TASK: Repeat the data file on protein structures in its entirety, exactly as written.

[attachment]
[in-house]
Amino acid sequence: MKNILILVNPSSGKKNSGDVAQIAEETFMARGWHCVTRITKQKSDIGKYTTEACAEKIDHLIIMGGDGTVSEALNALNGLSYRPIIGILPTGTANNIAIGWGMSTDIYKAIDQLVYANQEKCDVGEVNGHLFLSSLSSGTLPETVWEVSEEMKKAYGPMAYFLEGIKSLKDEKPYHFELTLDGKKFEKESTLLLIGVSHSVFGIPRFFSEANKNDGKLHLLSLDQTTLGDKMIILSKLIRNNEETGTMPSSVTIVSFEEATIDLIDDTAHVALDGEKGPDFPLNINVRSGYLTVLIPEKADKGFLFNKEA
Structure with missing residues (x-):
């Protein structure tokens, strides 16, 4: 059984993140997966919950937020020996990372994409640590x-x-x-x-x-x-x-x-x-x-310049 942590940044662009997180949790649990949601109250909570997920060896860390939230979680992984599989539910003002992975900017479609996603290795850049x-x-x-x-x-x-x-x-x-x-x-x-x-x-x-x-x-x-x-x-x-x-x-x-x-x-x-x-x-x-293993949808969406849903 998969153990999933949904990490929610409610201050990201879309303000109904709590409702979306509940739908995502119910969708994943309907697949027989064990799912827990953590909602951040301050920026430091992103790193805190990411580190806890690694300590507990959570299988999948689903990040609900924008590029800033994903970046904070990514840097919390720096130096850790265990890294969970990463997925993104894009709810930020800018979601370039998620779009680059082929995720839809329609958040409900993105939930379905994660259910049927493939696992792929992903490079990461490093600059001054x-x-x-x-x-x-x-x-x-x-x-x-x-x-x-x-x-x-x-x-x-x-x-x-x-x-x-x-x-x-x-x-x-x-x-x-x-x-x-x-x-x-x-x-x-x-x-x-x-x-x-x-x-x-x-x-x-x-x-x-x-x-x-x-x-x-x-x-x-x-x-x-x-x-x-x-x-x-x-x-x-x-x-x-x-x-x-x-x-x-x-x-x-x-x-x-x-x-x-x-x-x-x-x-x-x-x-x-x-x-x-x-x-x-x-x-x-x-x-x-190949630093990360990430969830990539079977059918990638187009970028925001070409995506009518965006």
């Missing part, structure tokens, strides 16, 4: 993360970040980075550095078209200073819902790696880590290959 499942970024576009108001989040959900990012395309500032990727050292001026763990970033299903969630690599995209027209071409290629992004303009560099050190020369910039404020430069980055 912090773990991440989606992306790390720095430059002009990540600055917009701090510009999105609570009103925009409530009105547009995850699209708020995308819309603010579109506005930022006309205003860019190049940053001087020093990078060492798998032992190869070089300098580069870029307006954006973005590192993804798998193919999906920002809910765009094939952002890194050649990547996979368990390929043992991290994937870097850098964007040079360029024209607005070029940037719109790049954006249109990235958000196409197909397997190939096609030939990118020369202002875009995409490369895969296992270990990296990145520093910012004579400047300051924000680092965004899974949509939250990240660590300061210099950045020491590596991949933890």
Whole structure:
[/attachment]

[in-house]
Amino acid sequence: MKNILILVNPSSGKKNSGDVAQIAEETFMARGWHCVTRITKQKSDIGKYTTEACAEKIDHLIIMGGDGTVSEALNALNGLSYRPIIGILPTGTANNIAIGWGMSTDIYKAIDQLVYANQEKCDVGEVNGHLFLSSLSSGTLPETVWEVSEEMKKAYGPMAYFLEGIKSLKDEKPYHFELTLDGKKFEKESTLLLIGVSHSVFGIPRFFSEANKNDGKLHLLSLDQTTLGDKMIILSKLIRNNEETGTMPSSVTIVSFEEATIDLIDDTAHVALDGEKGPDFPLNINVRSGYLTVLIPEKADKGFLFNKEA
Structure with missing residues (x-):
């Protein structure tokens, strides 16, 4: 059984993140997966919950937020020996990372994409640590x-x-x-x-x-x-x-x-x-x-310049 942590940044662009997180949790649990949601109250909570997920060896860390939230979680992984599989539910003002992975900017479609996603290795850049x-x-x-x-x-x-x-x-x-x-x-x-x-x-x-x-x-x-x-x-x-x-x-x-x-x-x-x-x-x-293993949808969406849903 998969153990999933949904990490929610409610201050990201879309303000109904709590409702979306509940739908995502119910969708994943309907697949027989064990799912827990953590909602951040301050920026430091992103790193805190990411580190806890690694300590507990959570299988999948689903990040609900924008590029800033994903970046904070990514840097919390720096130096850790265990890294969970990463997925993104894009709810930020800018979601370039998620779009680059082929995720839809329609958040409900993105939930379905994660259910049927493939696992792929992903490079990461490093600059001054x-x-x-x-x-x-x-x-x-x-x-x-x-x-x-x-x-x-x-x-x-x-x-x-x-x-x-x-x-x-x-x-x-x-x-x-x-x-x-x-x-x-x-x-x-x-x-x-x-x-x-x-x-x-x-x-x-x-x-x-x-x-x-x-x-x-x-x-x-x-x-x-x-x-x-x-x-x-x-x-x-x-x-x-x-x-x-x-x-x-x-x-x-x-x-x-x-x-x-x-x-x-x-x-x-x-x-x-x-x-x-x-x-x-x-x-x-x-x-x-190949630093990360990430969830990539079977059918990638187009970028925001070409995506009518965006």
């Missing part, structure tokens, strides 16, 4: 993360970040980075550095078209200073819902790696880590290959 499942970024576009108001989040959900990012395309500032990727050292001026763990970033299903969630690599995209027209071409290629992004303009560099050190020369910039404020430069980055 912090773990991440989606992306790390720095430059002009990540600055917009701090510009999105609570009103925009409530009105547009995850699209708020995308819309603010579109506005930022006309205003860019190049940053001087020093990078060492798998032992190869070089300098580069870029307006954006973005590192993804798998193919999906920002809910765009094939952002890194050649990547996979368990390929043992991290994937870097850098964007040079360029024209607005070029940037719109790049954006249109990235958000196409197909397997190939096609030939990118020369202002875009995409490369895969296992270990990296990145520093910012004579400047300051924000680092965004899974949509939250990240660590300061210099950045020491590596991949933890």
Whole structure: